Why don’t we simply change the date?

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Australia Day is, for the vast majority of Australians, a day to celebrate the nation we have become. Yet the date on which it is celebrated, January 26, is odd, and to some, odious.

Most of our national holiday/celebration days are celebrated on a day that has historical significance that is relevant to the celebration. Good Friday, Easter Sunday, and Christmas are related to significant events in the life of Jesus. Anzac Day is commemorated on the anniversary of troops landing on the Gallipoli Peninsula. Yet Australia day is not celebrated on the day the modern nationstate Australia came into existence.

Australia has been inhabited for 60,000 years, and for most of that time consisted of many indigenous nations. The modern nation we know as Australia came into being with Federation on January 1, 1901. Australia Day is commemorated on January 26, which is not the anniversary of the founding of Australia, but the anniversary of the day Britain claimed sovereignty over Australia.

It is understandably offensive to many indigenous people. The British invasion of Australia and the ongoing displacement of its indigenous nations has had an ongoing legacy of disadvantage and deprivation amongst many of our indigenous people. Every February the Prime Minister’s Department releases the “close the gap” report, which highlights the gulf in health, employment and other well-being outcomes between indigenous and nonindigenous Australians. The only coherent explanation for this is the ongoing consequences of being displaced.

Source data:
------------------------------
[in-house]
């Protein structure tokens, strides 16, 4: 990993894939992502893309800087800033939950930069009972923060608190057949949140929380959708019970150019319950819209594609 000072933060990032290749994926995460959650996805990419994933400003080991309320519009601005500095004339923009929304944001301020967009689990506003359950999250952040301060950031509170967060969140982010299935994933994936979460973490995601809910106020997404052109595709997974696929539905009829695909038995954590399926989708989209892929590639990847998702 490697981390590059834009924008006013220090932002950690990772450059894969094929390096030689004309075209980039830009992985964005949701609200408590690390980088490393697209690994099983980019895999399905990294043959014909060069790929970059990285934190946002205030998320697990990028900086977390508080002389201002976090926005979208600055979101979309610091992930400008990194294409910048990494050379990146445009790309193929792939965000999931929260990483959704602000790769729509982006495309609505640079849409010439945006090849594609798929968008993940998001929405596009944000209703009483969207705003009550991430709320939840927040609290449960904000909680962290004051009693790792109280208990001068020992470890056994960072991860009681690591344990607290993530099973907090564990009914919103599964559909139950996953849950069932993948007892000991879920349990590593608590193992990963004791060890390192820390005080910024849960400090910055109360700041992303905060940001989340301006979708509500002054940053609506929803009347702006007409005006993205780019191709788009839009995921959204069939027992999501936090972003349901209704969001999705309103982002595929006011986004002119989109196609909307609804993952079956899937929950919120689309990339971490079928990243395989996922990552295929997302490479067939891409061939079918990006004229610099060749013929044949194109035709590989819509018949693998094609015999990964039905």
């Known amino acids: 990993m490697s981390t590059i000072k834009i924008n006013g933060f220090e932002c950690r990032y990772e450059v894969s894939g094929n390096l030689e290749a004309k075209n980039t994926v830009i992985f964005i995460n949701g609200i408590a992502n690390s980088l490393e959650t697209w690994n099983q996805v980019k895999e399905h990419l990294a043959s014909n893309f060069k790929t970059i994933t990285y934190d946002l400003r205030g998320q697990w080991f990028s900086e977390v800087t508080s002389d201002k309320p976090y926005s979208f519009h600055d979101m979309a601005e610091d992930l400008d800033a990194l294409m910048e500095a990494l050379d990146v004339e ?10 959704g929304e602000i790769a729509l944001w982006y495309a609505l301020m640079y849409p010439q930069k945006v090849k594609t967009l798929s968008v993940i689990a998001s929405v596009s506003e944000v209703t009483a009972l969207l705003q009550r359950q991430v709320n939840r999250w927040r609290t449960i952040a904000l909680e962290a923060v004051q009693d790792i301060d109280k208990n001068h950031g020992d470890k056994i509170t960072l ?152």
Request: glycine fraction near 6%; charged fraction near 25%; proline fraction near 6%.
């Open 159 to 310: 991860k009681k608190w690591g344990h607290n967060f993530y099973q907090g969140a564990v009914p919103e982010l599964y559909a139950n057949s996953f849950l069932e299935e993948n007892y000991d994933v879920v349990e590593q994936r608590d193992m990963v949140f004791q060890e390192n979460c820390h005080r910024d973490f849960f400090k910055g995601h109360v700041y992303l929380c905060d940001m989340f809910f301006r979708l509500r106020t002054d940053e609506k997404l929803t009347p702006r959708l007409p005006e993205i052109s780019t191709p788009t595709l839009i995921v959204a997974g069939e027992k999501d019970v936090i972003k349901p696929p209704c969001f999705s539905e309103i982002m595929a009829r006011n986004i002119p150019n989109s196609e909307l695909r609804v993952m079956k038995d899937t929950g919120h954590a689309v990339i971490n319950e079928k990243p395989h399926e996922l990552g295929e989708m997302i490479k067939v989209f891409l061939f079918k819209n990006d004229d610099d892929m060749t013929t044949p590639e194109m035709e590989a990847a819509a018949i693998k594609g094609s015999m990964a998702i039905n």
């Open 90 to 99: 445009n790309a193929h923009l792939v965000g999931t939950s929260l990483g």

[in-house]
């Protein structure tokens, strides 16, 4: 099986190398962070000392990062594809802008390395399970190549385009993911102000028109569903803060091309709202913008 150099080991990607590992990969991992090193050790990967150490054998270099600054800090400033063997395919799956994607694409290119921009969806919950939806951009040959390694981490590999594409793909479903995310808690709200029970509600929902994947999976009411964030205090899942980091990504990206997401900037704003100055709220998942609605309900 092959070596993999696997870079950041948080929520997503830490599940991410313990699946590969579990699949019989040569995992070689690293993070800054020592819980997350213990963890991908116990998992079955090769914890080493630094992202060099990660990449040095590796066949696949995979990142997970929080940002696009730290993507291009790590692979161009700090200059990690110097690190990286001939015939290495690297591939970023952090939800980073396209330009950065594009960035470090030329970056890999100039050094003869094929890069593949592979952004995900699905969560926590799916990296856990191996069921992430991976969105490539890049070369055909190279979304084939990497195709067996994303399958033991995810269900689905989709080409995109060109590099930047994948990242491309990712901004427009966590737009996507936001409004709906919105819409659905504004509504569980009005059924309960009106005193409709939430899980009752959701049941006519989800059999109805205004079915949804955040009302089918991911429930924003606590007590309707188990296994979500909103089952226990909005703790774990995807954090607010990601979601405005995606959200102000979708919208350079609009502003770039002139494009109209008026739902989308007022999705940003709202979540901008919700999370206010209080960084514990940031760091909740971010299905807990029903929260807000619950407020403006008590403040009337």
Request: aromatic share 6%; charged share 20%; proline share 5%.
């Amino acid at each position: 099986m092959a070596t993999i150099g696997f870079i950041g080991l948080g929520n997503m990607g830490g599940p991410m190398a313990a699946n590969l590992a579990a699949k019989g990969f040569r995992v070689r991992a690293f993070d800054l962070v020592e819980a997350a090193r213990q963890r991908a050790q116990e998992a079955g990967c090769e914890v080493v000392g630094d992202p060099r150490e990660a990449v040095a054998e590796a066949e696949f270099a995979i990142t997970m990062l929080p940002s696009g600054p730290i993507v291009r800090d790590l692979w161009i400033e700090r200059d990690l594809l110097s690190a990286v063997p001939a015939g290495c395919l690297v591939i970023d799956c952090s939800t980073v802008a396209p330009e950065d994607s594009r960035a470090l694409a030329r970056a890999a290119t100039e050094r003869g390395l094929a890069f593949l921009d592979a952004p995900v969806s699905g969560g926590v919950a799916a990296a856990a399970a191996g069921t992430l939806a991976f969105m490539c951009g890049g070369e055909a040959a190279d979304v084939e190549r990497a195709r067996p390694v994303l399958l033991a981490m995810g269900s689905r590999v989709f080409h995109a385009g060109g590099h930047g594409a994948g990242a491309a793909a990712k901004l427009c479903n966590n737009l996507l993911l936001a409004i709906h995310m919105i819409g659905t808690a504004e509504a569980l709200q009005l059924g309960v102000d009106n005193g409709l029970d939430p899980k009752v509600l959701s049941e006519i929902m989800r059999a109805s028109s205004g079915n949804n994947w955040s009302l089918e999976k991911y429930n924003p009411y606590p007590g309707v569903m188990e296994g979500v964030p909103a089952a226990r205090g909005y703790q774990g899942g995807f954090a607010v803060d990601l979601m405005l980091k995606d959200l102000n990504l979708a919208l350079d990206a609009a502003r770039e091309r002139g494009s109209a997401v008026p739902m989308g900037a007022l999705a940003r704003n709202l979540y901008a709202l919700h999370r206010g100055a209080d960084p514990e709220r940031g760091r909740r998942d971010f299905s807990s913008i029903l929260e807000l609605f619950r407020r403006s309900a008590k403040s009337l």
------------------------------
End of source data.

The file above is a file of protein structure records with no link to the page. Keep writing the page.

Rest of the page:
January 26 is therefore doubly inappropriate as the day to commemorate Australia Day. On the one hand it is a date that has no correlation with the birth of the modern Australian nationstate, and on the other it commemorates a date in our history that marked the beginning of the decimation of our indigenous nations.

None of us would be harmed by moving Australia Day to a different date. For most of us moving the day will make little difference, but for some of us it would make a huge difference. So why don’t we just get on with moving it?

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John CHURCHScott HigginsScottallanDenis R Lennox Recent comment authors

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Mary Spoore
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Mary Spoore

I have heard the argument that most people don’t care. I say, why not change a date that is not causing ANYONE pain or insult?

Denis R Lennox
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Denis R Lennox

Thank you Scott! A cogent, succinct, well explained case. To your article and its final question, “So why don’t we just get on moving it?” my mental response was, “Yes!” and, “Why not indeed?” – the latter a rhetorical answer to what I suspect you intended somewhat rhetorically, given the compelling logic of moving our celebration to another date. However, judging from the responses to the issue by some of our national political leaders as well as community members, our nation seems not about to be “moving it” any time soon. So, I’ve begun to wonder that there is evidently… Read more »

allan
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allan

You are probably too polite to say ‘pig-headedness’ or ‘wilful ignorance’ or ‘political advantage’ – especially when the current PM called on the opposition leader to declare himself on this issue. Desperately sad, is all I can say!

John CHURCH
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Scott, you carefully forgot we that we already have 1. National apology day. 2. Close the Gap Day 3.Harmony Day 4 National Sorry Day 5 Reconciliation week 6.NAIDOC Week 7.National Aboriginal Childrens Day. 8 International Day of the Worlds Indigenous People 9 Indigenous Literacy Day . No doubt there are others as well .

The 26th was an arbitrary choice not even representing a historical fact of the date of first white settlement . the discussion is a total waste of time and money . Remember of indigenous people also invaded the country first .

By Scott
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